Thursday, March 20, 2014

Book Review: The Lost Sisterhood

The Lost Sisterhood tells the story of Diana, a young and aspiring--but somewhat aimless--professor at Oxford. Her fascination with the history of the Amazons, the legendary warrior women of ancient Greece, is deeply connected with her own family's history; her grandmother in particular. When Diana is invited to consult on an archeological excavation, she quickly realizes that here, finally, may be the proof that the Amazons were real.

The Amazons' "true" story--and Diana's history--is threaded along with this modern day hunt. This historical back-story focuses on a group of women, and more specifically on two sisters, whose fight to survive takes us through ancient Athens and to Troy, where the novel reinvents our perspective on the famous Trojan War.

The Lost Sisterhood features another group of iconic, legendary characters, another grand adventure--you'll see in these pages that Fortier understands the kind of audience she has built with Juliet, but also she's delivering a fresh new story to keep that audience coming back for more.

Amazons. Oh my Amazons. I fully admit my fascination stems from that long ago viewing of the TV movie "Hercules and the Amazon Women". And having enjoyed Fortier's other novel, JULIET, I was eager to embark on this adventure through the past and present.

Told against two time periods--the life of Myrina, an Amazon "Queen" and Diana, an oxford lecturer on Amazons--THE LOST SISTERHOOD is more then just about the fabled warrior women, its also about shedding light on the truths of our own lives. Diana is motivated by memories of her grandmother, who claimed to be an Amazon and who disappeared when Diana was very young. Who were the Amazons? Did they still exist? Between myth, history and time what was the truth of the Amazon Nation?

Diana's story is nothing short of an Indiana Jones' adventure at times. Mysterious benefactor offering to whisk her away to validate all her dreams for a large sum of money. Threats and attacks from shadowy operatives. Tantalizing clues that may just be what she needs to find the truth. Jumping country to country, ancient historical site to ancient historical site in dusty caverns and tunnels. Dodging bullets, fake names, unexpected romance--truly this will lend itself well to a movie adaptation.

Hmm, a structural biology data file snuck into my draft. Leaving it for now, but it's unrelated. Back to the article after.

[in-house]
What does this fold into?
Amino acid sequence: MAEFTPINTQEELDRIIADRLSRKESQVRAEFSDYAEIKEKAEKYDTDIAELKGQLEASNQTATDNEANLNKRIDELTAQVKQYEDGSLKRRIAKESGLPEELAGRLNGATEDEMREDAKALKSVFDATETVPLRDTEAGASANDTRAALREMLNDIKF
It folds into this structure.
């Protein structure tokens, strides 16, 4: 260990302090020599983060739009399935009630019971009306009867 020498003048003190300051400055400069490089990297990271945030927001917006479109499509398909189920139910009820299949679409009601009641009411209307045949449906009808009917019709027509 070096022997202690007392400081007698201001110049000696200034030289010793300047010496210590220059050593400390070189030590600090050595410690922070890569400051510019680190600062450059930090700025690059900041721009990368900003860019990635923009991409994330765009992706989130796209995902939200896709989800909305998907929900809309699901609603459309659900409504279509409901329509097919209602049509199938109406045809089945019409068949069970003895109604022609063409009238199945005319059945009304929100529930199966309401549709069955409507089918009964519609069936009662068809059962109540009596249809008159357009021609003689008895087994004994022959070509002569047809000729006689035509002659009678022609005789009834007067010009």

Myrina's story is no less eventful, but its a story of survival and freedom. As Diana is tracking Myrina's procession in the present, we follow her in the past and see just how hellish it was. Far from being a tribe of women who could defeat armies with their bare hands, Myrina's Sisters begin the book being sheltered Priestesses wanting only one thing--to avenge the wrong done to their Temple and get back their taken Sisters. The allies they gain, their victories and tragedies, are chronicled without an eye for future glory. They merely wanted a place to call their own, far from the greed and violence of men.

I was engrossed in both stories, but I found myself eagerly turning each page for more of Myrina's story. Fortier explains in her Author Notes that she took liberties with the legends and lore surrounding the Amazons, but she paints a realistic picture of the ancient world. Readers and writers know that stories are biased. Whether written by the victors to make their sacking of a temple seem to be righteous or by the victims to paint themselves as innocents who did nothing wrong, history is all about personal bias.

During Myrina's journeys she comes across many familiar mythological folks--Achilles, King Priam, Agamemnon, Helena, Paris, Hercules, Hippolyta...all very familiar to those with even a passing knowledge of Greek myths. Whether these figures were villains or heroes was in the eyes of the beholder and for Myrina they were more often trouble then anything else. King Priam who's petty dispute with Agamemnon laid the foundations for war. Achilles and his men carelessly raiding town after town with little care for their "barbaric" culture. Helena who's spitefulness ignited the tinder for a war. Paris who's well meaning intentions and bravado led death to their doors.

This isn't to say that Myrina's sisters were not at fault--they made their own mistakes and had to pay their own consequences as time went on.  Its a long while before Myrina is able to admit that sometimes mistakes happen even under the best of situations.

Diana's journey meanwhile echoed Myrina's quite a bit. She too was on a journey that quickly became motivated not by external needs, but my internals ones. She needed to see the quest to its end and along the way she too learned the importance between freedom, enslavement and what being an Amazon really meant. Its about choices in the end, something that Myrina's sisters fought hard for and something that Diana's grandmother wanted for her to know.